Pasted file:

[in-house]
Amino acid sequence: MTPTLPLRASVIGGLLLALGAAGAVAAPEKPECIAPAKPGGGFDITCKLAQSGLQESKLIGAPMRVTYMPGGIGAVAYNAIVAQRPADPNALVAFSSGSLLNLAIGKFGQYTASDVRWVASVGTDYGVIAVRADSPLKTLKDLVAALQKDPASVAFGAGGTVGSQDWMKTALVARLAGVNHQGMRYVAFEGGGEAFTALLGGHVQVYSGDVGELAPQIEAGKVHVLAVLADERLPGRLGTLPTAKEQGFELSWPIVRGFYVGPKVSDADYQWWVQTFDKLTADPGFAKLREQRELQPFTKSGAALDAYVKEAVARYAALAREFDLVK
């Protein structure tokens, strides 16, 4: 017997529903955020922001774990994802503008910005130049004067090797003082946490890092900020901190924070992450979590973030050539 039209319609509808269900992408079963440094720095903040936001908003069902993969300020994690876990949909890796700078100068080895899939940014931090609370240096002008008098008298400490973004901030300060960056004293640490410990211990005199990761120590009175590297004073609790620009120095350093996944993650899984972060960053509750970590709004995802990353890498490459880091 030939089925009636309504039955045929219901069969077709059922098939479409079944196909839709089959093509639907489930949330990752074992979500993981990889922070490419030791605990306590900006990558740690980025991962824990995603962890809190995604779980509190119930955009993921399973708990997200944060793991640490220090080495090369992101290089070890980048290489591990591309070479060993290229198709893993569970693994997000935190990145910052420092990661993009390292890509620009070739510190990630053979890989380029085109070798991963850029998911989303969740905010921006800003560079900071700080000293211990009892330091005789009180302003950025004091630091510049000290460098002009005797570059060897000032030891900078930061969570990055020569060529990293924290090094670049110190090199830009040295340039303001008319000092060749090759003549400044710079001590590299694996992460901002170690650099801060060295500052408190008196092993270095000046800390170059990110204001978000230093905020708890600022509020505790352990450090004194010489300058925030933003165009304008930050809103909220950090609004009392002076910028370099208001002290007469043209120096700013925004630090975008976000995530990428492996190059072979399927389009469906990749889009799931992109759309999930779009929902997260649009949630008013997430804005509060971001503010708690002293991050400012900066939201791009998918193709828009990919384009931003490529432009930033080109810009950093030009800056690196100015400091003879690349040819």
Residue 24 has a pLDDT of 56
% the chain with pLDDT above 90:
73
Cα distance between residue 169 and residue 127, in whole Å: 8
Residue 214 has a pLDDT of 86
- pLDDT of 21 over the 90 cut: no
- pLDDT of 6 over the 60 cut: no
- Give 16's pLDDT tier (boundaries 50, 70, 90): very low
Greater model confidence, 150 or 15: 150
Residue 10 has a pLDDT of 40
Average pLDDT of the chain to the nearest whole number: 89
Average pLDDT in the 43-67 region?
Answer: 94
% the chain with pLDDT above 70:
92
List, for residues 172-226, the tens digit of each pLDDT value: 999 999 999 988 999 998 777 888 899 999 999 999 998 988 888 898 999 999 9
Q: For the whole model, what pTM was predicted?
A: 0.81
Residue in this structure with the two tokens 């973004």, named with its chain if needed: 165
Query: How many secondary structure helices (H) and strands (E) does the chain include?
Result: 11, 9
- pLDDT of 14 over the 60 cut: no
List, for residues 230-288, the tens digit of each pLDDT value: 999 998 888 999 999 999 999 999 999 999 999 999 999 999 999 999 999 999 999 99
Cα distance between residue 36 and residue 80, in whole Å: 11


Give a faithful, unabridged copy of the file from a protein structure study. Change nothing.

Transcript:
[in-house]
Amino acid sequence: MTPTLPLRASVIGGLLLALGAAGAVAAPEKPECIAPAKPGGGFDITCKLAQSGLQESKLIGAPMRVTYMPGGIGAVAYNAIVAQRPADPNALVAFSSGSLLNLAIGKFGQYTASDVRWVASVGTDYGVIAVRADSPLKTLKDLVAALQKDPASVAFGAGGTVGSQDWMKTALVARLAGVNHQGMRYVAFEGGGEAFTALLGGHVQVYSGDVGELAPQIEAGKVHVLAVLADERLPGRLGTLPTAKEQGFELSWPIVRGFYVGPKVSDADYQWWVQTFDKLTADPGFAKLREQRELQPFTKSGAALDAYVKEAVARYAALAREFDLVK
């Protein structure tokens, strides 16, 4: 017997529903955020922001774990994802503008910005130049004067090797003082946490890092900020901190924070992450979590973030050539 039209319609509808269900992408079963440094720095903040936001908003069902993969300020994690876990949909890796700078100068080895899939940014931090609370240096002008008098008298400490973004901030300060960056004293640490410990211990005199990761120590009175590297004073609790620009120095350093996944993650899984972060960053509750970590709004995802990353890498490459880091 030939089925009636309504039955045929219901069969077709059922098939479409079944196909839709089959093509639907489930949330990752074992979500993981990889922070490419030791605990306590900006990558740690980025991962824990995603962890809190995604779980509190119930955009993921399973708990997200944060793991640490220090080495090369992101290089070890980048290489591990591309070479060993290229198709893993569970693994997000935190990145910052420092990661993009390292890509620009070739510190990630053979890989380029085109070798991963850029998911989303969740905010921006800003560079900071700080000293211990009892330091005789009180302003950025004091630091510049000290460098002009005797570059060897000032030891900078930061969570990055020569060529990293924290090094670049110190090199830009040295340039303001008319000092060749090759003549400044710079001590590299694996992460901002170690650099801060060295500052408190008196092993270095000046800390170059990110204001978000230093905020708890600022509020505790352990450090004194010489300058925030933003165009304008930050809103909220950090609004009392002076910028370099208001002290007469043209120096700013925004630090975008976000995530990428492996190059072979399927389009469906990749889009799931992109759309999930779009929902997260649009949630008013997430804005509060971001503010708690002293991050400012900066939201791009998918193709828009990919384009931003490529432009930033080109810009950093030009800056690196100015400091003879690349040819």
Residue 24 has a pLDDT of 56
% the chain with pLDDT above 90:
73
Cα distance between residue 169 and residue 127, in whole Å: 8
Residue 214 has a pLDDT of 86
- pLDDT of 21 over the 90 cut: no
- pLDDT of 6 over the 60 cut: no
- Give 16's pLDDT tier (boundaries 50, 70, 90): very low
Greater model confidence, 150 or 15: 150
Residue 10 has a pLDDT of 40
Average pLDDT of the chain to the nearest whole number: 89
Average pLDDT in the 43-67 region?
Answer: 94
% the chain with pLDDT above 70:
92
List, for residues 172-226, the tens digit of each pLDDT value: 999 999 999 988 999 998 777 888 899 999 999 999 998 988 888 898 999 999 9
Q: For the whole model, what pTM was predicted?
A: 0.81
Residue in this structure with the two tokens 């973004």, named with its chain if needed: 165
Query: How many secondary structure helices (H) and strands (E) does the chain include?
Result: 11, 9
- pLDDT of 14 over the 60 cut: no
List, for residues 230-288, the tens digit of each pLDDT value: 999 998 888 999 999 999 999 999 999 999 999 999 999 999 999 999 999 999 999 99
Cα distance between residue 36 and residue 80, in whole Å: 11